Sight Unscene, The Virtual World of Judy Fiskin
Judy Fiskin: More Art. Patricia Faure Gallery

Judy Fiskin's photographic style can best be described as deadpan: black-and-white images, two and one-half inches square, printed out on slick, white, letter-sized paper and ensconced behind chunky black frames. The subjects she captures seem equally ordinary – be they desert scenes, military buildings, or period furniture. But upon extended viewing, Fiskin's photos blossom from straight-ahead to subtly skewed, and from dull to droll, especially her popular Dingbats series, wherein she documents that unique style of Southern California architecture – the small-to-midsized apartment building – in all its strangely stuccoed, artfully appliquéed, and nuttily numbered glory.

Fiskin's photographs are not documents, per se, as there's no such intent: There are no captions, no attempts at comprehensiveness or order. Instead, Fiskin's series exhibits the pared-down, no-nonsense look we've come to expect from the amateur academics we call conceptual artists. But her work, though surely invested in the taxonomies of photography and the politics of representation, is not simply about process or tricky rhetoric – it's about seeing. By privileging the visual, Fiskin's pictures are at once infinitely more interesting than run-of-the-mill photographic conceptual art (which uses photography only as a thing to criticize, or as a language through which to criticize other things) and more down to earth: Fiskin is one of very few artists who make art – conceptual or otherwise – that performs not for us or on us, but through us.

The exhibition More Art is a series of photos, most of which have been shown before, depicting a mix of nineteenth-century and turn-of-the-century artistic ephemera. All of the subjects – from catalog illustrations to postcards – are, in one sense or another, art; by photographing (and in some cases, re-photographing) such second-string cultural objects, Fiskin doubly removes them from a concrete art-historical context. She then smoothes them over with her uniform style, allowing us to look at them anew, and without an (apparent) intrusive agenda.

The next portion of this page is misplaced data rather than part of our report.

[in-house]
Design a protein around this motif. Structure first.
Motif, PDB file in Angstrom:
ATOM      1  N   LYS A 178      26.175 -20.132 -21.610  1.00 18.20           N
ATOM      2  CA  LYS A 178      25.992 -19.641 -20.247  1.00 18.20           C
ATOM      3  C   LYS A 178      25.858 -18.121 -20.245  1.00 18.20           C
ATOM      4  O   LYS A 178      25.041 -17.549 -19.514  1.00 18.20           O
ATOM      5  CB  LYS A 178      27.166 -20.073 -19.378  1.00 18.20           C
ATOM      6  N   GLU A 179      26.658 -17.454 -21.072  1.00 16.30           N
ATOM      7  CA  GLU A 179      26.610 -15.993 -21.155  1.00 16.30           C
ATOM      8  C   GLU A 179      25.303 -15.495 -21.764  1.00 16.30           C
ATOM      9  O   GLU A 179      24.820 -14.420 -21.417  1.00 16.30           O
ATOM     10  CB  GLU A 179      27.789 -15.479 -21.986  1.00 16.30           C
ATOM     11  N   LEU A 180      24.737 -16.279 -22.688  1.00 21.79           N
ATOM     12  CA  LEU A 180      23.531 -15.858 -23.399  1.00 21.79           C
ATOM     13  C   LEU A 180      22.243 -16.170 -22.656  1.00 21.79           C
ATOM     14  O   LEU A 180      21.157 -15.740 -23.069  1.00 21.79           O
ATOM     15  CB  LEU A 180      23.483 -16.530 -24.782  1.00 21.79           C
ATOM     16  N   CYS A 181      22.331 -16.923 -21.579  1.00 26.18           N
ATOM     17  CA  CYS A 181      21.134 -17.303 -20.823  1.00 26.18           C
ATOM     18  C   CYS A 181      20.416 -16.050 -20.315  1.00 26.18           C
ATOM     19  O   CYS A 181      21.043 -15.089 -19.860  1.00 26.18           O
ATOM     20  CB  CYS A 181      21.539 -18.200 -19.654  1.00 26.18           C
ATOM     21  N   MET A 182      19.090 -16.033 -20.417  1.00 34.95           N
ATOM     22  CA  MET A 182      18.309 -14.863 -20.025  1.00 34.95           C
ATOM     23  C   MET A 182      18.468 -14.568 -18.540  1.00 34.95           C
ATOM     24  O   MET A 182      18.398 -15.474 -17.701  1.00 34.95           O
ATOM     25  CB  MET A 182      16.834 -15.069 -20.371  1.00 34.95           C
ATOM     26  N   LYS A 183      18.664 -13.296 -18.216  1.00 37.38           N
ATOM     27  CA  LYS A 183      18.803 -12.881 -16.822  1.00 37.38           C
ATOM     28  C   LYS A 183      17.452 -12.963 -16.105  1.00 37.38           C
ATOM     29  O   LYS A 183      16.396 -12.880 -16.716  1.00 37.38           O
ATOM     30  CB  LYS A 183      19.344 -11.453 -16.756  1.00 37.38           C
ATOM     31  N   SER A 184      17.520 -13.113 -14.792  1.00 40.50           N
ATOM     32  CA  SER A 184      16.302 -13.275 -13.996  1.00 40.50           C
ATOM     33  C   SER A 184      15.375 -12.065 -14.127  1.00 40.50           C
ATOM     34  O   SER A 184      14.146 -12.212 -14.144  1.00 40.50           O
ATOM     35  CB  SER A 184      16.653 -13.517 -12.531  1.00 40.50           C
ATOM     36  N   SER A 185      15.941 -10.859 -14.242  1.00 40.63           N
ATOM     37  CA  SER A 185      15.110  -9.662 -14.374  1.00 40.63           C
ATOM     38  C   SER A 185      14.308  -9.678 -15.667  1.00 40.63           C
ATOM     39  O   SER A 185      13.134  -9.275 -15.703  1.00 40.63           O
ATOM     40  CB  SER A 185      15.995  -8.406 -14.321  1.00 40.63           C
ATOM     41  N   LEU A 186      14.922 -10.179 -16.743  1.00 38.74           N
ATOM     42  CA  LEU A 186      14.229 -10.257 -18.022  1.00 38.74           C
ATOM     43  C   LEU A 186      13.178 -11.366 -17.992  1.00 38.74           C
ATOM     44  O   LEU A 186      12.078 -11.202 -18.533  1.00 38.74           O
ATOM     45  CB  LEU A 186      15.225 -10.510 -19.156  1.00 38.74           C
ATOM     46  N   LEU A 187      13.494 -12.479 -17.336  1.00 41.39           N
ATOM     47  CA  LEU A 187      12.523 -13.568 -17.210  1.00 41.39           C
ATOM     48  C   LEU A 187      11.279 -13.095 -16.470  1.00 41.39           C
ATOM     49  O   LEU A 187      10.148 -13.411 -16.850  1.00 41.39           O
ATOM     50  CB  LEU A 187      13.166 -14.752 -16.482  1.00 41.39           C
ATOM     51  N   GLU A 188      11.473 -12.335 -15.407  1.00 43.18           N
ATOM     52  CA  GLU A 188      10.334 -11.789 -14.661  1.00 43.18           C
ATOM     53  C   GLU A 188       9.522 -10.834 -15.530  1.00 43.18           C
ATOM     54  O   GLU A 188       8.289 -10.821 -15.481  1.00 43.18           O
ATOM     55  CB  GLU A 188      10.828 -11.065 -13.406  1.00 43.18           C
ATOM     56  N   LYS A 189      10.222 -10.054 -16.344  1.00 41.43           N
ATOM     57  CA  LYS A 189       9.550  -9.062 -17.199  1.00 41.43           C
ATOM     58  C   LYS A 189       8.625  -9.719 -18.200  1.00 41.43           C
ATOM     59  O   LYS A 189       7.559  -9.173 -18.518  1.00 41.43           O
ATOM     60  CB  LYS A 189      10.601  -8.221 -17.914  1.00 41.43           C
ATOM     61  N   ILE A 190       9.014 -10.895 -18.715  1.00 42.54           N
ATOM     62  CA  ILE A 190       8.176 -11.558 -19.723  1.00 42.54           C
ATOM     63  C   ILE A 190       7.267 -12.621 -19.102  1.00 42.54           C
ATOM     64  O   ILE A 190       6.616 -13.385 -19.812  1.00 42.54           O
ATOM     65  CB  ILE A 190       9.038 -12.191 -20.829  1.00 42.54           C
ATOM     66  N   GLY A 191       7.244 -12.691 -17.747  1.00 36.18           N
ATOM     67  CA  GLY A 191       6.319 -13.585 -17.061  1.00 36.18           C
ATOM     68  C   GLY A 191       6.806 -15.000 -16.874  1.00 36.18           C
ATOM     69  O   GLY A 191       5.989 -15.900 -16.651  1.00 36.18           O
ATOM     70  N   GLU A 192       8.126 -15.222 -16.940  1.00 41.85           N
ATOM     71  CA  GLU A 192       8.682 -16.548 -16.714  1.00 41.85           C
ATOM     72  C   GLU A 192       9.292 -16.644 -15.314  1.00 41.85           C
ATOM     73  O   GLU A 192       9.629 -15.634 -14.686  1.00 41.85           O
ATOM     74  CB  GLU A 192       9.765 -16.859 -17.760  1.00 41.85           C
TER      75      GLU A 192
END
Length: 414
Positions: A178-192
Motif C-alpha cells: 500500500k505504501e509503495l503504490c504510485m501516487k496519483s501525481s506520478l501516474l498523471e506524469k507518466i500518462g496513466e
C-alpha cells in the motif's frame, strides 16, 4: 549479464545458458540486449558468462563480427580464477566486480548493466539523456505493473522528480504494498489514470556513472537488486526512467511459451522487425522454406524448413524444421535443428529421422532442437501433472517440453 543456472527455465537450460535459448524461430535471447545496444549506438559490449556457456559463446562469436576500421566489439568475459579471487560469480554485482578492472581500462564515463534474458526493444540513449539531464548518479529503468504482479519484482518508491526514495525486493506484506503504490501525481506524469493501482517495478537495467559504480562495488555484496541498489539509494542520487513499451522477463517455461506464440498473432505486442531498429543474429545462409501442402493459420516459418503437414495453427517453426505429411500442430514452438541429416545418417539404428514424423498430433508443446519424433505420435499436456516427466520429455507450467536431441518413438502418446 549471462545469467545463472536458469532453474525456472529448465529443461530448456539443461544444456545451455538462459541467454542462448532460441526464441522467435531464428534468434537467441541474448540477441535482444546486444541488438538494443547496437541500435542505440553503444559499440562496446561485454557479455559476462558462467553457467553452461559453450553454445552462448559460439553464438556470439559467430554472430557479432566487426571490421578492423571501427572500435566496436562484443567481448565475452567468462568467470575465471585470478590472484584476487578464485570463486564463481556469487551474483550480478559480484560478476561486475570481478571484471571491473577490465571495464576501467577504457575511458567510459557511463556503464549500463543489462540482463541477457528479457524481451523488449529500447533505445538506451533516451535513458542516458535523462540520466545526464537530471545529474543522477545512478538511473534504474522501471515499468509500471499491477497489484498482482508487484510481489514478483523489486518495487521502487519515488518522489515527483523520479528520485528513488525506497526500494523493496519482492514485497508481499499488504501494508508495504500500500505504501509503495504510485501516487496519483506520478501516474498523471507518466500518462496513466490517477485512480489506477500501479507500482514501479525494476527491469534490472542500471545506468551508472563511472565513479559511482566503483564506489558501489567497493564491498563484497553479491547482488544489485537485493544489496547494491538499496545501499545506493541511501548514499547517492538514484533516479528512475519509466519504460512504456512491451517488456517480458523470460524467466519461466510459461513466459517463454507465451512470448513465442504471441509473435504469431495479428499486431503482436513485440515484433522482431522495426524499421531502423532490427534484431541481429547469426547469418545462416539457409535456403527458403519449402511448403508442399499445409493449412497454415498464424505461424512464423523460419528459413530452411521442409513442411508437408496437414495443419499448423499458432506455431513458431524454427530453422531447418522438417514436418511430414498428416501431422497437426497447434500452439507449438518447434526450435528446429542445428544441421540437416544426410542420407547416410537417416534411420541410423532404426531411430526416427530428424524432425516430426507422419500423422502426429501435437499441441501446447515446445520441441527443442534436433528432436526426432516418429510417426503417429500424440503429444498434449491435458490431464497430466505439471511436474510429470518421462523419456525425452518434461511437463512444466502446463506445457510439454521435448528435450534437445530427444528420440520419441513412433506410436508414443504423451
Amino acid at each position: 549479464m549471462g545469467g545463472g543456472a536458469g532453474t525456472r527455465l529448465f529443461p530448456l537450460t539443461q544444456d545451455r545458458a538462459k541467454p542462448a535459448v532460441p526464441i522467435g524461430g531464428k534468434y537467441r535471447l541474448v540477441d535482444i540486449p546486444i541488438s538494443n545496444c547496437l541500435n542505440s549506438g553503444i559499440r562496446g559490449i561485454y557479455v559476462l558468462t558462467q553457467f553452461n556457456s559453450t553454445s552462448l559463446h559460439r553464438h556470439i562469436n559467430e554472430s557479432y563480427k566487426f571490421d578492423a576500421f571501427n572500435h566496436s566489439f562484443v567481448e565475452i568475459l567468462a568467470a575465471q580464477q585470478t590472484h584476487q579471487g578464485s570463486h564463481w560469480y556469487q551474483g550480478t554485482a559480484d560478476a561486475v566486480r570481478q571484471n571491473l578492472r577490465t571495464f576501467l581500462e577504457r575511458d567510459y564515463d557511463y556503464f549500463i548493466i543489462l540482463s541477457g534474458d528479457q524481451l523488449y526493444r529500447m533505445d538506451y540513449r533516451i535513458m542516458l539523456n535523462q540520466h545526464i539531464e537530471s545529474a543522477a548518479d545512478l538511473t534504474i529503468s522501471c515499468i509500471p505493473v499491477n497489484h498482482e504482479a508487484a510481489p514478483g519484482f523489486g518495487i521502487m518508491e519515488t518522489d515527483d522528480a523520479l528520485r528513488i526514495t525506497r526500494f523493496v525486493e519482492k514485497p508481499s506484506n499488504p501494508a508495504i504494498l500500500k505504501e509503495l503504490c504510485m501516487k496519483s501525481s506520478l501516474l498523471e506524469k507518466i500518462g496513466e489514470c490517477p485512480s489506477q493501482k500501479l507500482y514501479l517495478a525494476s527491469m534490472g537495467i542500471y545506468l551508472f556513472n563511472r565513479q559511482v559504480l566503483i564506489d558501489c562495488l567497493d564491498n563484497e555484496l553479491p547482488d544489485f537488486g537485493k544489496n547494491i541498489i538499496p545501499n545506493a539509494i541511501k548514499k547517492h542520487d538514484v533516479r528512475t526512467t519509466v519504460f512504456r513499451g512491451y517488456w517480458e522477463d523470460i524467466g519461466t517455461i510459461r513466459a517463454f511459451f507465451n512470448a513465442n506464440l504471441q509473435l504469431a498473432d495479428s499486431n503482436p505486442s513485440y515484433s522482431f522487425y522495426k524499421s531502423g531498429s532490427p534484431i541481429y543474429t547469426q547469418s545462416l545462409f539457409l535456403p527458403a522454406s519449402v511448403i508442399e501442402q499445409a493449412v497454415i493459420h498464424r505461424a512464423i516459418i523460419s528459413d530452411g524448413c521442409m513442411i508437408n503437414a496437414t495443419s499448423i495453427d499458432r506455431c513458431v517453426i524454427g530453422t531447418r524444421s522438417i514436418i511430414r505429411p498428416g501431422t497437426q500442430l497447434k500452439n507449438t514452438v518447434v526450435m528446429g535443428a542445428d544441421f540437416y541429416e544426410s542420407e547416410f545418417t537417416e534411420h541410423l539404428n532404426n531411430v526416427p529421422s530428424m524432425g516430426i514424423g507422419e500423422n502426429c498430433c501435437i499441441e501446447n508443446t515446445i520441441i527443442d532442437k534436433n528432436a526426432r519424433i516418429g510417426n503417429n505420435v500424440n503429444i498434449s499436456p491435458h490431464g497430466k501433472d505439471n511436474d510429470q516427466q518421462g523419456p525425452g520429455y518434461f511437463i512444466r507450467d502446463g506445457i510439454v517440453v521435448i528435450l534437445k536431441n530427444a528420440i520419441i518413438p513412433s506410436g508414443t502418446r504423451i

All of her photographs are untitled, though descriptive parenthetical phrases are appended. A wax profile of Louis XIV is creepily lifelike, and made strangely common by Fiskin's cropping of any royal trappings. The French effigy's weirdly three-dimensional hair is echoed in a photo of a nautical painting surrounded by a thick frame of knotted rope, and again in a staticky shot of a sandpaper painting of George Washington's tomb (all three, 1992). The oval compositions of a nineteenth-century mosaic view of Rome (1992), and an Edward Gorey-esque American mourning embroidery of the same period (1993), are like darkened keyholes to craft's strangely parallel life to fine art.

Most intriguing of all are the shots of illustrations from furniture and cabinetmakers' catalogs. Their strict functionality allows for more vigorous conjectural free play: The short middle limbs of a four-legged couch seem suddenly suggestive; the legs of an end table, drawn in poor perspective, flatten into a classic optical illusion (both 1992). In the one 1994 piece in the show, an illustration of a dressed window (from an 1896 proto-Ikea catalog) is anthropomorphized: A curtain of lozenges and stripes is upstaged by a leopard-spotted demishade peeking out from its lower half; behind, a windowpane stares blankly back at the viewer.

Though the conceptual apparatus of Fiskin's photos is as straightforward as the images themselves, slippage is provided by her audience: It's a function of our socially generated attraction to small blocks of information (be they tabloid headlines, sound bites, or Fiskin's pictures) and our desire for narrative, facilitated by our persistence of vision – our innate need to complete or create a story from available clues. Warmth is provided by Fiskin's removal of hard content, but also by our own nostalgia. This is, I think, why her Dingbats are so popular, especially in Los Angeles; by removing the burden of specificity from an ostensibly documentary activity, Fiskin creates the raw material of a shared history – like a family album without captions, or a postcard of a tree-lined street in a small town. Fiskin's "Art" photographs, though more academically illustrative of her strategy, perform similarly, by effortlessly blending the inconsequential into a comfortable canon. In a city where history doesn't stick, Fiskin demonstrates a model for a virtual cultural heritage.

– David A. Greene